McAuliffe slammed for saying parents shouldn’t have authority over what schools teach their kids

Conservatives excoriated Virginia gubernatorial candidate Terry McAuliffe after he declared during the second and final debate before the election that parents should not have a say in what schools teach their children.

“In regard to our kids in schools, we are called for everyone to love everyone,” Republican candidate Glenn Youngkin said Tuesday night. “And I agree with your conclusion, Terry [McAuliffe], that we should let local school districts actually make these decisions. But we must ask them to include concepts of safety and privacy and respect in the discussion and we must ask that they include parents in the dialogue.”

“What we’ve seen over the course of this last 20 months is our school systems refusing to engage with parents. In fact in Fairfax County this past week, we watched parents so upset because there was such sexually explicit material in the library they had never seen, it was shocking,” Youngkin stated. “And in fact, you vetoed the bill that would have informed parents that they were there. You believe school systems should tell children what to do. I believe parents should be in charge of their kids’ education.”

“I’m not gonna let parents come into schools and actually take books out and make their own decisions,” McAuliffe declared. “I stopped the bill that I don’t think parents should be telling schools what they should teach.”

He then asserted that he supports parents having the right to veto books rather than make decisions regarding which books are placed in school libraries.

McAuliffe vigorously advocated for transgender students and made it clear that local school districts should be free to make independent decisions on controversial issues ostensibly without parental input.

He vetoed a bill that was referred to as the “Beloved” bill in 2016 that was meant to give parents the power to block their children’s exposure to sexually explicit books in schools, according to The Washington Post. The legislation would have stipulated that teachers would have to inform parents of any “sexually explicit material” being shown in the classroom and offer them the option to have their child opt-out of the lesson because of it.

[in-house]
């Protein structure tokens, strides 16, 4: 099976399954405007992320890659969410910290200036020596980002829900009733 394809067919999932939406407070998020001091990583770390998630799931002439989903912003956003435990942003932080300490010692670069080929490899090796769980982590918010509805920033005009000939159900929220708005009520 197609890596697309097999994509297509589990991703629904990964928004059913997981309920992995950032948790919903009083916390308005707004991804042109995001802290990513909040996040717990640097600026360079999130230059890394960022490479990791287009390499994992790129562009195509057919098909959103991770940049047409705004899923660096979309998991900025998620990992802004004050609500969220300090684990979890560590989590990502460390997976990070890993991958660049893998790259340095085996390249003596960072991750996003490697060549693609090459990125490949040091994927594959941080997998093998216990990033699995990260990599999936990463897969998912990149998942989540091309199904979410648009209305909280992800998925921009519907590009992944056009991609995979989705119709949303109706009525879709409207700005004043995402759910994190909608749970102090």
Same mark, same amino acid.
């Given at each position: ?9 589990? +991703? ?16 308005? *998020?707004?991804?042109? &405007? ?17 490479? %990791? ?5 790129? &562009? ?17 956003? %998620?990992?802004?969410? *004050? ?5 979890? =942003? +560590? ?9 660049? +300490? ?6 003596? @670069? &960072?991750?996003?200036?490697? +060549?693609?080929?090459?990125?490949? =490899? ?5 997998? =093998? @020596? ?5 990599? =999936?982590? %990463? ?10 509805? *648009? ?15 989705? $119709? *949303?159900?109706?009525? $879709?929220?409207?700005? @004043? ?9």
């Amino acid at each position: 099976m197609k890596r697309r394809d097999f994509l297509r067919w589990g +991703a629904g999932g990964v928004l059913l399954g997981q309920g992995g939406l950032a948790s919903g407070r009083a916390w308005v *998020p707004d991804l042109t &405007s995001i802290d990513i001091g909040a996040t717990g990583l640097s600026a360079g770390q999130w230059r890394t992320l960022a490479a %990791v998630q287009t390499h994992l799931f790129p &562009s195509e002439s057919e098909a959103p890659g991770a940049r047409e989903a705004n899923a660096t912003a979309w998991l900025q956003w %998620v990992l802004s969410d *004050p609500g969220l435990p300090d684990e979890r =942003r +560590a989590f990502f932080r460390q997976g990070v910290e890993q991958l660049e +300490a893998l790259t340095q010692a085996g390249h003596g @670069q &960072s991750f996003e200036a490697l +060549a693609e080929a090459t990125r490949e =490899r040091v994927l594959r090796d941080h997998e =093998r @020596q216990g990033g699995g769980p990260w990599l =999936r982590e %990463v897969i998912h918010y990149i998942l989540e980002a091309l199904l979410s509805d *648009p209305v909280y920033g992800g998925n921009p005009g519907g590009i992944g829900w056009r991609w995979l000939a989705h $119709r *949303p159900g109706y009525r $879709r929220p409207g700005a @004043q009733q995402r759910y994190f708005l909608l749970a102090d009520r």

McAuliffe was criticized by Youngkin when he was governor for vetoing the bill. He contended at the time that “parents should be in charge of their kid’s education.” Youngkin also brought up the reaction by enraged parents over Fairfax County High School allegedly presenting “sexually explicit” material in the school library without prior parental consent.

The two books in question were “Gender Queer” by Maia Kobabe and “Lawn Boy” by Jonathon Evison. They were removed from the high school library last week, according to WTOP News. Outraged parents have referred to the books as pornographic. Kobabe’s book allegedly shows pictures of oral sex and masturbation, while Evison’s reportedly shows graphic depictions of a man having sex with children.

The race between Youngkin and McAuliffe is said to be very tight and will take place on Nov. 2. Parents up in arms over what their children are being force-fed in school and those against COVID mandates could well swing the election in Youngkin’s favor.

Senior adviser to former President Trump Stephen Miller tore into McAuliffe over his statement on teachers and parents, tweeting, “Make sure every parent in Virginia hears this before they vote.”

Senator Ted Cruz tweeted, “Always dangerous when Dems are accidentally honest: McAuliffe thinks he should decide what school kids are taught, and pesky parents should shut up & obey!”

Conservative pundit Laura Ingraham didn’t hold back either, “Do Virginians want freedom or not? The answer can’t be McAuliffe.”

Former Trump comms director Tim Murtaugh also nailed McAuliffe on Twitter: “For months, McAuliffe has severely underestimated how pissed off parents are – particularly in Northern Virginia. He’ll regret having said this.”

Rapid Response Director for the GOP Tommy Pigott responded, “If not parents, who? These are their kids! Message received loud and clear: If you’re a parent concerned about what your kid is being taught, don’t vote for Terry McAuliffe.”

Other piled on as McAuliffe was clobbered online for his statements during the debate:



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